histograms of packet payload sizes in flow data that was shown to have a better ability
to detect brute-force attacks against and compromises of web applications.
In ‘‘ROI-Driven Cyber Risk Mitigation Using Host Compliance and Network
Configuration,’’ Mohammed Noraden Alsaleh, Ehab Al-Shaer, and Ghaith Husari
address the problem of security configuration, which requires a complex set of
decision steps. They present a formal framework and new metrics to assess risks
automatically and thereby, propose a cost-effective security consideration.
Furthermore, their approach allows fine-grained access control.
Network Functionalities and Management: Flexibility and Directions
Data plane programmability has evolved from the early days of active networking to
recent advances in software-defined networking. An important question that remains
fully explored is: what challenges are faced to provide such functionalities from a
network management perspective? In ‘‘Data Plane Programmability Beyond
OpenFlow: Opportunities and Challenges for Network and Service Operations &
Management,’’ Weverton Luis da Costa Cordeiro, Jonatas Adilson Marques, and
Luciano Paschoal Gaspary start with an extensive survey in this topical area. Then,
the authors ponder on challenges from a number of directions such as configuration
management in a programmable data plane, and programmable security and
dependability management. This exposition ends with a discussion on the future of
data plane programmability with network management.
The 5th generation of mobile communication systems (5G) is imminent for us.
Because of ultra-high bandwidth flexible services in 5G for applications relying on
the cloud-radio access network (C-RAN), the access and backhaul transport network
for 5G must have flexible on-demand service functionalities. In ‘‘Elastic Optical
Networking for 5G Transport,’’ Raouf Boutaba, Nashid Shahriar, and Siavash Fathi
raise challenges and envision how an elastic optical transport network for 5G would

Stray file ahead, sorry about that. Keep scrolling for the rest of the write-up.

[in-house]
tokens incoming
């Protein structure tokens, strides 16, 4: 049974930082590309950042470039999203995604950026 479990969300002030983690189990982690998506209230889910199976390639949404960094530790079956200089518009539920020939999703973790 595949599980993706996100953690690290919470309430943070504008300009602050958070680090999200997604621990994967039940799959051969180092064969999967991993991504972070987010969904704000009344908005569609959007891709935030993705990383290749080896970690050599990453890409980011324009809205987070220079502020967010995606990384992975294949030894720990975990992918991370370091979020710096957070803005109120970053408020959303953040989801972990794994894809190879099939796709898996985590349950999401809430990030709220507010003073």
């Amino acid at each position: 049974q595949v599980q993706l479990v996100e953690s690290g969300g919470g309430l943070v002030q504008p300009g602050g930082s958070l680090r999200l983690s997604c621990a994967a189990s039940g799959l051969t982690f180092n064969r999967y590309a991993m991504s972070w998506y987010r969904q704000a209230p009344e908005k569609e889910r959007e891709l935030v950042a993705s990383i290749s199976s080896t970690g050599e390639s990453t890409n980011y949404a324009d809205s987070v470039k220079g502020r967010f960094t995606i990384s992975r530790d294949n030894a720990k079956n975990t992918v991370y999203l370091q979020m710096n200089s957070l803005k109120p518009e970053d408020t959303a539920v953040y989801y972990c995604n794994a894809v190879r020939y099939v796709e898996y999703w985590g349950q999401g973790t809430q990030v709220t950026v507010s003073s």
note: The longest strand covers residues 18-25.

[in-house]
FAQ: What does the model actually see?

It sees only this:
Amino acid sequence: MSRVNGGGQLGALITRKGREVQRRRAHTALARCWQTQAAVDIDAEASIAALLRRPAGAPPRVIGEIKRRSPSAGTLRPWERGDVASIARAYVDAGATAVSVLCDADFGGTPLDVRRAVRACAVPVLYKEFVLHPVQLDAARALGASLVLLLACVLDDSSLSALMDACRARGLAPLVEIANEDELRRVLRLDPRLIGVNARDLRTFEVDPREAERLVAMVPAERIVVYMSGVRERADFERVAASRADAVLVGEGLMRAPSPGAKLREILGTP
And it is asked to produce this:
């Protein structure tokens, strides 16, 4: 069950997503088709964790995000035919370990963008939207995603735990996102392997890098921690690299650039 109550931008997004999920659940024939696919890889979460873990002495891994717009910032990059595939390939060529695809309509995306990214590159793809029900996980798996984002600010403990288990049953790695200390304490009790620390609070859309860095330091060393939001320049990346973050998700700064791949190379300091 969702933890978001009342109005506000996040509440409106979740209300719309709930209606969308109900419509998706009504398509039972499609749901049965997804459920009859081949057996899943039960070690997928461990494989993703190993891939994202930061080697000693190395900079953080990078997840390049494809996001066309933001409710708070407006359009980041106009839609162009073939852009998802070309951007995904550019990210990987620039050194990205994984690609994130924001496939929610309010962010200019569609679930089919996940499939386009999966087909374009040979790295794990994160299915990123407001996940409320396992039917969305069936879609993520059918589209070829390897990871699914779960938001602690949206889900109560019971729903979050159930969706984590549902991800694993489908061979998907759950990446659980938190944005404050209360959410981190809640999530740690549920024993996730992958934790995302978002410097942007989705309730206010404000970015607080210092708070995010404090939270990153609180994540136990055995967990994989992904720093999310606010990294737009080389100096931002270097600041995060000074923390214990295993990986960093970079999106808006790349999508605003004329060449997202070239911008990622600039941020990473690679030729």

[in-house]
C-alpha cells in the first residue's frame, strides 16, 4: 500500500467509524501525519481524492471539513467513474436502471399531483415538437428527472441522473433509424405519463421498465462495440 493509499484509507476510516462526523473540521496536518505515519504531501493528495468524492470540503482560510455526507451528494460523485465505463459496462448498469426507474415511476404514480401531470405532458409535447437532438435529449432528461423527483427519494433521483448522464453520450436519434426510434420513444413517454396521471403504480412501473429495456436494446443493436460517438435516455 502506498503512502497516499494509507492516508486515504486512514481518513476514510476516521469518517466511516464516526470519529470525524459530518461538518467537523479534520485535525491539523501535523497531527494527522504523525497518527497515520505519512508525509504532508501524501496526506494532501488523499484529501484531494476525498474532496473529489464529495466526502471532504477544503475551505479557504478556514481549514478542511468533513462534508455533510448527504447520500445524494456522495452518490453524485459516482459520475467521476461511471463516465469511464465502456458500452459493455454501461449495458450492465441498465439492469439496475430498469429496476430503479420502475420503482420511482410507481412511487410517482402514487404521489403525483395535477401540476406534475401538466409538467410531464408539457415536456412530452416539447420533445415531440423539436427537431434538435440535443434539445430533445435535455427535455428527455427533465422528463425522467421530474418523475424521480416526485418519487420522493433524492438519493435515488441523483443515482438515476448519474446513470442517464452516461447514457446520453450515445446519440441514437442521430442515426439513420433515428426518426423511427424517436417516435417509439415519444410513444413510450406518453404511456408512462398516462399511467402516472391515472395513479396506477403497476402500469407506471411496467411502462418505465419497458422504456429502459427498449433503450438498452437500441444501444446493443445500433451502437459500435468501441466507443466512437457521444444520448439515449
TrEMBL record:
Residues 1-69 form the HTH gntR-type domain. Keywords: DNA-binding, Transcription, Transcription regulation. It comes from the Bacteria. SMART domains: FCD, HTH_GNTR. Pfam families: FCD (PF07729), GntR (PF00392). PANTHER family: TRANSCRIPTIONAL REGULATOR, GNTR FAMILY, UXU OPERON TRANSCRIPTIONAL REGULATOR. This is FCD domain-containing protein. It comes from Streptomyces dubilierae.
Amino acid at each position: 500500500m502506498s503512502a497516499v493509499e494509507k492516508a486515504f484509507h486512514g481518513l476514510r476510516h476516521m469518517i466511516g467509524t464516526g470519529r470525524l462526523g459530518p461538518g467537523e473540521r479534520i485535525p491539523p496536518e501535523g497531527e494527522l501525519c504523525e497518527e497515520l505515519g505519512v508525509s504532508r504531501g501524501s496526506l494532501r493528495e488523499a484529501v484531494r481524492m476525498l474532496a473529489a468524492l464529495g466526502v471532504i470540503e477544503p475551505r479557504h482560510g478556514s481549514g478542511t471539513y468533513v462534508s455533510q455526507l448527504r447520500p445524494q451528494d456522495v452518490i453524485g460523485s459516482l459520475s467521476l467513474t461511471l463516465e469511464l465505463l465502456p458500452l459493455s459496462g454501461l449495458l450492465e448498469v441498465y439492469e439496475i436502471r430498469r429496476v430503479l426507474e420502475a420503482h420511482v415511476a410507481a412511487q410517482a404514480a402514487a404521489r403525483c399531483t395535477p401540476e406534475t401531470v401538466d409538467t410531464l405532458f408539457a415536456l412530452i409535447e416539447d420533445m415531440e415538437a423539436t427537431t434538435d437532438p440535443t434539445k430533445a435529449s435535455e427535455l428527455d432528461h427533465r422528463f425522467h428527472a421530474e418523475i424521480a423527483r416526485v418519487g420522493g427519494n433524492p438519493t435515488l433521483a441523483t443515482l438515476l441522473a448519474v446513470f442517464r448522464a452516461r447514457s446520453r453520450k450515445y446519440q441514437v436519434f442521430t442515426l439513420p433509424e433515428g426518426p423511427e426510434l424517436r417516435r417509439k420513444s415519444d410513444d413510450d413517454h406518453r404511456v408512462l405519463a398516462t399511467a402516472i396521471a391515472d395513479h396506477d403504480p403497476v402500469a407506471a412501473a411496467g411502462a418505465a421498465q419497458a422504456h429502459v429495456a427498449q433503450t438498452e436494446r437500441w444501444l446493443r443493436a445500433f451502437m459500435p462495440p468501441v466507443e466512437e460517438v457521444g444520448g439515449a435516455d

need to be architected along with potential research directions.
IT Service Management: Experience and Directions
Yixin Diao and Larisa Shwartz’s paper, ‘‘Building Automated Data Driven Systems
for IT Service Management,’’ delves into the IT service management space. In
particular, they consider workload management, workflow management, and event
management that form a complex interaction in IT service management. In light of
challenges in these areas, they address autonomic systems that are made of a
number of automated data driven methodologies from feedback controllers to
machine learning techniques and show how this improves IT service management.
While there has been considerable progresses in service management over the
past three decades, service management automation continues to face challenges in
a continually changing world. Alexander Keller in his exposition, ‘‘Challenges and
Directions in Service Management Automation,’’ revisits what has changed over the
years and provides possible directions on making advancements in service
Acknowledgements I would like to thank a number of people who helped me in getting this special issue
out. First, I thank Luciano Paschoal Gaspary, Associate Managing Editor, for his input in putting together
this commemorative issue. Melissa Fearon, Senior Editor of Computer Science and Engineering at
Springer, agreed to this endeavor on a short notice. Priya Balamurugan, Journals Editorial Office (JOE)
Assistant at Springer, ensured that everything is properly done by following up with me. I also thank
Davis Light, Production Editor at Springer’s Journal production, for ensuring that the production was
completed in such a brief period so that we could bring out the special issue in a timely manner. Finally, I
thank the reviewers who reviewed this collection of manuscripts on a very short notice.
1. Medhi , D. : Message from the New Editor-in- Chief . J. Netw. Syst. Manag . 19 ( 1 ), 1 - 2 ( 2011 )